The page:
As I mentioned last month, I was thinking of hooking up my laptop to the TV so I could play System Shock on it. That idea didn’t go away; so I ordered a mini-DVI-to-HDMI converter and a lap desk. It took me a little while to get around to setting things up—I was playing the new XBLA Magic game to get ready for a VGHVI session—but eventually I had an evening free, so I went to plug things in.
That actually took longer than expected: I hadn’t looked closely at my receiver, so I didn’t realize that I didn’t have ports available that would let me combine HDMI video with RCA audio jacks. Eventually I gave up on that, and plugged stuff straight into the TV; that worked fine. Or at least mostly fine: when I turned it on, I was missing the sides of the screen, but I’d been through that drill before, so I knew how to turn off the TV’s overscan settings, I just apparently had to do that separately on the TV’s different inputs.
So: I fired up DOSbox, and set it to full screen mode! And: the sides of the screen were cut off again, and this time there weren’t any options on the TV to help me.
I of course googled the problem; I found nobody else describing those specific symptoms. There were some general recommendations for which values in the configuration file to fiddle with; I tried various ones of those. Most of them had no effect; then I tried appending the “no, I mean it” option to one of them, and the screen looked right! So I started up System Shock; the dimensions were still good, but the framerate was glacial.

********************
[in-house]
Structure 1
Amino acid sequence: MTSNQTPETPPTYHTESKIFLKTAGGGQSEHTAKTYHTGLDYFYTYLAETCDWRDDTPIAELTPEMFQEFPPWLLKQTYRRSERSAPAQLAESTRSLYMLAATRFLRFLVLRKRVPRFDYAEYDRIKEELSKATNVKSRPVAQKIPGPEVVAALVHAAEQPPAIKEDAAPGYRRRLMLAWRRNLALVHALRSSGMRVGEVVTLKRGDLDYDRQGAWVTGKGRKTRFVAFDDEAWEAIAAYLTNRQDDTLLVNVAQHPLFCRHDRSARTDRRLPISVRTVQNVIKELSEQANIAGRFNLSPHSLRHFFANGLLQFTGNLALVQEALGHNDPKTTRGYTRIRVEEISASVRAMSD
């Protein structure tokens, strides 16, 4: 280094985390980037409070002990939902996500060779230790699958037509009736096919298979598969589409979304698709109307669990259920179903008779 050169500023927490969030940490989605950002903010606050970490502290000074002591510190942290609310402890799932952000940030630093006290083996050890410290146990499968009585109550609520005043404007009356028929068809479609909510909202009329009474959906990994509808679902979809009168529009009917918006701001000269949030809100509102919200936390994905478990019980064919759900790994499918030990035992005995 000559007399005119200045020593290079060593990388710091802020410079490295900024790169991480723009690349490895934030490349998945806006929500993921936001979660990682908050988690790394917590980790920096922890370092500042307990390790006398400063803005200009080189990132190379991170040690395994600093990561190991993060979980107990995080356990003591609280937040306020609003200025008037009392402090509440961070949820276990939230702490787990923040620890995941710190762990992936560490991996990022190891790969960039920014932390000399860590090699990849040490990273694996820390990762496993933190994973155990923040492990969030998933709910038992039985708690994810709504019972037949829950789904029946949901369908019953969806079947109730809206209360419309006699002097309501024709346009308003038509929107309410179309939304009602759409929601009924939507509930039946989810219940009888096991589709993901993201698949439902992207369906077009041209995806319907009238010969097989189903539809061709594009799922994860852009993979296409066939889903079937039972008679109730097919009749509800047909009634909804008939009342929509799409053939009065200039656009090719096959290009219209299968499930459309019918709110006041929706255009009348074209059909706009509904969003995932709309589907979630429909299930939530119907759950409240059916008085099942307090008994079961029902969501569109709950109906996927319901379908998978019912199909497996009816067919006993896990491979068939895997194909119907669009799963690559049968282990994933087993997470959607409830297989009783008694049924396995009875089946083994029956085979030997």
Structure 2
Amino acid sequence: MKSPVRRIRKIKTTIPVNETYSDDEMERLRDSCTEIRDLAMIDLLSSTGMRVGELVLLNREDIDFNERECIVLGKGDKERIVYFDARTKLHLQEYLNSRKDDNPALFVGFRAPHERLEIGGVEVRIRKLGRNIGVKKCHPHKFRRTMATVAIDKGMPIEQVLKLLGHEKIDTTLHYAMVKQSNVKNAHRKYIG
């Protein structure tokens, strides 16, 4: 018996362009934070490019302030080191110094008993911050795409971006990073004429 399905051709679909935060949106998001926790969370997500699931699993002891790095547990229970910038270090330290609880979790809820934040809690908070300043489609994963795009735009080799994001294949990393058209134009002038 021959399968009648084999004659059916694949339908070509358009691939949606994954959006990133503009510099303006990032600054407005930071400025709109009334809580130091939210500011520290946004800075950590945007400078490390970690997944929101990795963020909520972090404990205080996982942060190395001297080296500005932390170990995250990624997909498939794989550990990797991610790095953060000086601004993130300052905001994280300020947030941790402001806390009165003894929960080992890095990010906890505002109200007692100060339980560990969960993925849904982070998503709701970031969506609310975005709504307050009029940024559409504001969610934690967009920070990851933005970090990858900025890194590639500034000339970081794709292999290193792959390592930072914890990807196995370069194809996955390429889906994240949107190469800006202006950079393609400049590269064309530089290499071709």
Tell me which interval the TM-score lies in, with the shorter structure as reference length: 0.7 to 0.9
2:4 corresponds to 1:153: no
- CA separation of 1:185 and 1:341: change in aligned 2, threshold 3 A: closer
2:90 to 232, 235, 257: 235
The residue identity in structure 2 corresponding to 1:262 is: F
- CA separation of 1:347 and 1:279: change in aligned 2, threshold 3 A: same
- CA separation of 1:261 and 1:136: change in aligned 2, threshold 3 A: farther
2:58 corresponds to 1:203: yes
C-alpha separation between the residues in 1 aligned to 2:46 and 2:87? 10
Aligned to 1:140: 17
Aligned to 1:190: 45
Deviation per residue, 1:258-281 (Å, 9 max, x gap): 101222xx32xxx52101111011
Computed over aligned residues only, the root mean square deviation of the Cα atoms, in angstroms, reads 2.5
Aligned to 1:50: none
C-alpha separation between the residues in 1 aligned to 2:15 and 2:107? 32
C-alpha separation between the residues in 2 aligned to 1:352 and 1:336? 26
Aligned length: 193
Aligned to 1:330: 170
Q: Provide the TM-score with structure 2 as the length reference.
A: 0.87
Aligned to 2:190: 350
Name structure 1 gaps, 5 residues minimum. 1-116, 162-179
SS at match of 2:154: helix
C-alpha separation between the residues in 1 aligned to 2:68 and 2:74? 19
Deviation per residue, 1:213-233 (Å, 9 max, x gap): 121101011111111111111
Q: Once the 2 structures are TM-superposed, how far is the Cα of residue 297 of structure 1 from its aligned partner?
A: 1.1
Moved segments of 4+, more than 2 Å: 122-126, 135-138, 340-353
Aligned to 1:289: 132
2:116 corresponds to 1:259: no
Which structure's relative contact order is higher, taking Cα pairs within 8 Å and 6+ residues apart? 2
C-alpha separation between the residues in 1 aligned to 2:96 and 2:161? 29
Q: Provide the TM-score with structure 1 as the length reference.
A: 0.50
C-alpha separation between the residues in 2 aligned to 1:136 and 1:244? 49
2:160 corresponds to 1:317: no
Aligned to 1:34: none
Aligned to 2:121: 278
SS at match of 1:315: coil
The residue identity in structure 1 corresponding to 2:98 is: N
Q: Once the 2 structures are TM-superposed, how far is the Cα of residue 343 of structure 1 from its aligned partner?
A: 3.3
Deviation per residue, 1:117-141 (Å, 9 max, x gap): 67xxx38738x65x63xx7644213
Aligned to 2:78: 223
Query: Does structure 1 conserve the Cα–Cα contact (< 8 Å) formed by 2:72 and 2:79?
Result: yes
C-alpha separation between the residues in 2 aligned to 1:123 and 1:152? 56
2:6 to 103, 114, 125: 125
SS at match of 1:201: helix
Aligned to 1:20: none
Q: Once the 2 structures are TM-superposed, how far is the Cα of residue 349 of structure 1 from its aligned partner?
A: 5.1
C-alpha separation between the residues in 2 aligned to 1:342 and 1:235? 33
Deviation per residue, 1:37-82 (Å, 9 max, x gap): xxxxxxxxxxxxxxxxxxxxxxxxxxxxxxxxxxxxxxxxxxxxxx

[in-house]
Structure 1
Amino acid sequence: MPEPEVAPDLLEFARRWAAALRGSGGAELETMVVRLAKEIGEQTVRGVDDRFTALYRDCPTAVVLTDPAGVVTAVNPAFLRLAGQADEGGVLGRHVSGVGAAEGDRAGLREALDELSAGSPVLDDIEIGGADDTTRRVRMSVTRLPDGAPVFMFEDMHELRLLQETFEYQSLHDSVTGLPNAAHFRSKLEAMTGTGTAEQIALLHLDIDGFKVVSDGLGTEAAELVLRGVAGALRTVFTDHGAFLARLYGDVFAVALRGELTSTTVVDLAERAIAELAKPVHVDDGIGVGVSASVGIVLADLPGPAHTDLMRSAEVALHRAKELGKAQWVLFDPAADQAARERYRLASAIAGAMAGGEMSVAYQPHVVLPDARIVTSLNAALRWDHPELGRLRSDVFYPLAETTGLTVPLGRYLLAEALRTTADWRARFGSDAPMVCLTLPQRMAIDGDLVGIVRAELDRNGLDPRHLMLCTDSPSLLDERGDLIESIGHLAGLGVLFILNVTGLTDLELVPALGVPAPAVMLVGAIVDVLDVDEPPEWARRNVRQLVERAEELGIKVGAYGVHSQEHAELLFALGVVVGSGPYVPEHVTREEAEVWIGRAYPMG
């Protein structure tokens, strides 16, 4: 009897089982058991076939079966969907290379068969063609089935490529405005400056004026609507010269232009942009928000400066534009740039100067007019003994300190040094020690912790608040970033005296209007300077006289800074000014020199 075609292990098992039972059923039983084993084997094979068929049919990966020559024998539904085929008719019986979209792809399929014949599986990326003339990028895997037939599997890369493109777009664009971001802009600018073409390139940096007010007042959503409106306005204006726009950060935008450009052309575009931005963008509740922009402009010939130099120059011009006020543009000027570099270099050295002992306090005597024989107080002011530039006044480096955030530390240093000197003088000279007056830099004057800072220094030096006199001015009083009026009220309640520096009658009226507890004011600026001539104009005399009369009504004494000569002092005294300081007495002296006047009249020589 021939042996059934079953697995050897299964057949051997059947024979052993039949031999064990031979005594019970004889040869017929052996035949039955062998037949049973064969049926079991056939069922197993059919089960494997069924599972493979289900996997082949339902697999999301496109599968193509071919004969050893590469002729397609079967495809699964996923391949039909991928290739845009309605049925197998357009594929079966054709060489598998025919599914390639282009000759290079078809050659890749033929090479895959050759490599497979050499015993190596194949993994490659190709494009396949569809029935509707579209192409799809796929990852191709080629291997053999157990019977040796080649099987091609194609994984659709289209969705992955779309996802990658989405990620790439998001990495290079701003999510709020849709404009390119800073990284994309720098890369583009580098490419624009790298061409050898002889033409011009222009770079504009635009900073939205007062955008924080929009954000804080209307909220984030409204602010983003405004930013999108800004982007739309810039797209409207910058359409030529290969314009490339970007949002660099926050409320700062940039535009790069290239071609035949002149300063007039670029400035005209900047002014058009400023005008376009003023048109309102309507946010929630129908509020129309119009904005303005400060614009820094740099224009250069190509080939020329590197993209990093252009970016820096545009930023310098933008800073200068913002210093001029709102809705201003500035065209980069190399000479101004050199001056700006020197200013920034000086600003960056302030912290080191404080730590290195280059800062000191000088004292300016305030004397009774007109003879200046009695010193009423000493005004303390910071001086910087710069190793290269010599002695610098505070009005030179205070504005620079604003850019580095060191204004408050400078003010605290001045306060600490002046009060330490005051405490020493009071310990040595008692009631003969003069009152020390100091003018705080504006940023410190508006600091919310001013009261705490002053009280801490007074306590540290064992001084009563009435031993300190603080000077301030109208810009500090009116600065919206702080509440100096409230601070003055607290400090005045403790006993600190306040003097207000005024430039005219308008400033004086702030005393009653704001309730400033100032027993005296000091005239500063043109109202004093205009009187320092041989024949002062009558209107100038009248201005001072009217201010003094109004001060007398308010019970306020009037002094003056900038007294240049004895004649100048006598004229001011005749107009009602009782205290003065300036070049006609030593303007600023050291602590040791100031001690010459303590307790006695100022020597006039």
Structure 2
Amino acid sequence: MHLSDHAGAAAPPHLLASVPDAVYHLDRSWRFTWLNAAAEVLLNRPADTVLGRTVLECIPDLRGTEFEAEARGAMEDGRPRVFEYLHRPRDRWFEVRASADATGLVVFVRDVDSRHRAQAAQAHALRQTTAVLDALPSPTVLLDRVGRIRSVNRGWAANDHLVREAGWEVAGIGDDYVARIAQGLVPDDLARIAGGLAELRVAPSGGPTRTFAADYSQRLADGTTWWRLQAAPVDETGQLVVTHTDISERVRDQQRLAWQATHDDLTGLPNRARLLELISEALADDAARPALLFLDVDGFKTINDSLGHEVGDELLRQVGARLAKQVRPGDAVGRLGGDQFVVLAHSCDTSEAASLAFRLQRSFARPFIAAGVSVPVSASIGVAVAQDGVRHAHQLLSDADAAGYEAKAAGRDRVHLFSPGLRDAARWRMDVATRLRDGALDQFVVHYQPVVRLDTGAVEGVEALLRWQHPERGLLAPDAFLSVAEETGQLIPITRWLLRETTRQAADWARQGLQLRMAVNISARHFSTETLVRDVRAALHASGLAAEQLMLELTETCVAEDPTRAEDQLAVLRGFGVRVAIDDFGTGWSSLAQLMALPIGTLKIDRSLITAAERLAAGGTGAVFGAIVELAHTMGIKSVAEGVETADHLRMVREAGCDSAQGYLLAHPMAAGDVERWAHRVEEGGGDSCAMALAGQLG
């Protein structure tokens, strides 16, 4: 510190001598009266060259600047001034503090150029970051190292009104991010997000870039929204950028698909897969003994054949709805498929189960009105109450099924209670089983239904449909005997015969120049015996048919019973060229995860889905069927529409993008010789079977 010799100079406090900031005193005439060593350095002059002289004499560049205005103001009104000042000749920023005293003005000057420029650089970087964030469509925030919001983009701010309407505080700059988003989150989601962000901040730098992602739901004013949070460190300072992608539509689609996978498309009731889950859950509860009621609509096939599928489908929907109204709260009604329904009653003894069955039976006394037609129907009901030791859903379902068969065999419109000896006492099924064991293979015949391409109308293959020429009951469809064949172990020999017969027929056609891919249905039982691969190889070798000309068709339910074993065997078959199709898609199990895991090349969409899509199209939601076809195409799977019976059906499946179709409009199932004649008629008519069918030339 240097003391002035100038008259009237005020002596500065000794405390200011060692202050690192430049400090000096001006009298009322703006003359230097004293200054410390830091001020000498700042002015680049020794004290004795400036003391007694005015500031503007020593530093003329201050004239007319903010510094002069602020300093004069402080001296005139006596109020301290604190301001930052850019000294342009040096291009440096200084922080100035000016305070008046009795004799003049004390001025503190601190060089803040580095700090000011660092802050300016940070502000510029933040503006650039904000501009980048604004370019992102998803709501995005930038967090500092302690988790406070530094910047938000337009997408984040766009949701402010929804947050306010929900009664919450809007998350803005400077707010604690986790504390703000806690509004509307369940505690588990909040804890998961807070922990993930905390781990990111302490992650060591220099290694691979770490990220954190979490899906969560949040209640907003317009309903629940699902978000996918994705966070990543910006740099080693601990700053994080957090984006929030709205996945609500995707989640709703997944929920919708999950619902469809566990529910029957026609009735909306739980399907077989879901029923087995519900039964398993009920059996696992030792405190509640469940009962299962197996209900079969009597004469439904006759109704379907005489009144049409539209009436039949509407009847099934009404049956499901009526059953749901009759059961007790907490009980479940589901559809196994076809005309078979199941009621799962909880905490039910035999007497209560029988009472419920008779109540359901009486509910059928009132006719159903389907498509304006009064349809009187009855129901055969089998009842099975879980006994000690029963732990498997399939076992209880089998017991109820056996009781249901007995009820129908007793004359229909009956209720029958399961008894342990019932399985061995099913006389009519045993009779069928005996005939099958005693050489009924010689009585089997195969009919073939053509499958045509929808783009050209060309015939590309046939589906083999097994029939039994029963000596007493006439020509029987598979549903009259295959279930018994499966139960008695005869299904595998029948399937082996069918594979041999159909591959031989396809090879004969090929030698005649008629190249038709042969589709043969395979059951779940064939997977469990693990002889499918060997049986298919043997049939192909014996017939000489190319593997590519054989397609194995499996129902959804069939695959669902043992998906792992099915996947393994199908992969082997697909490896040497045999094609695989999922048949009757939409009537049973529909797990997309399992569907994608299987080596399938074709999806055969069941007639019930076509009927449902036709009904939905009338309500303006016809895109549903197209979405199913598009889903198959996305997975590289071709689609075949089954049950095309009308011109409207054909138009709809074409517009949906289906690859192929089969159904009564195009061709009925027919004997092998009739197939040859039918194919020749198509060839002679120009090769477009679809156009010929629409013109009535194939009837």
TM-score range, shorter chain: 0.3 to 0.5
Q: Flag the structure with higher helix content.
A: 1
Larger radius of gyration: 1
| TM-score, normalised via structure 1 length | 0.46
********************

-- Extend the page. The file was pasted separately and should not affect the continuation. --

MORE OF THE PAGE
I spent an hour and a half fiddling with config files, and then I eventually gave up and played on the laptop screen. (Actually, that’s not quite right: I tried on the full screen, and there wasn’t too much cut off. So I’m actually thinking that I’ll give it a try again on the TV soon: now that I understand the game’s HUD, I should be able to play with parts of the sides and bottom cut off.) At least I feel like I got an authentic PC experience out of the evening.
Still, it was the right choice. Mainly for one reason: System Shock is a wonderful game, and is the game that I’m in the mood to play now. (And I will continue on to System Shock 2; hopefully the Good Old Games packaging will help that work better, or maybe being in a higher resolution will help something in the display chain behave better.)
But also: it’s not the only PC game that I want to play. Especially not right now, with the recent release of Gone Home; I’d also like to play Analogue and The Yawhg. Admittedly, I’d rather play those games on the 360 or the iPad, depending, and I’m probably still going to wait a while to see if any ports appear, but I may have to take what I can get.
Good times? Well, it’s far better to have a way to play a 1994 game than not to.
- 28 August, 2013 @ 22:19 [Current Revision] by David Carlton
- 28 August, 2013 @ 22:19 by David Carlton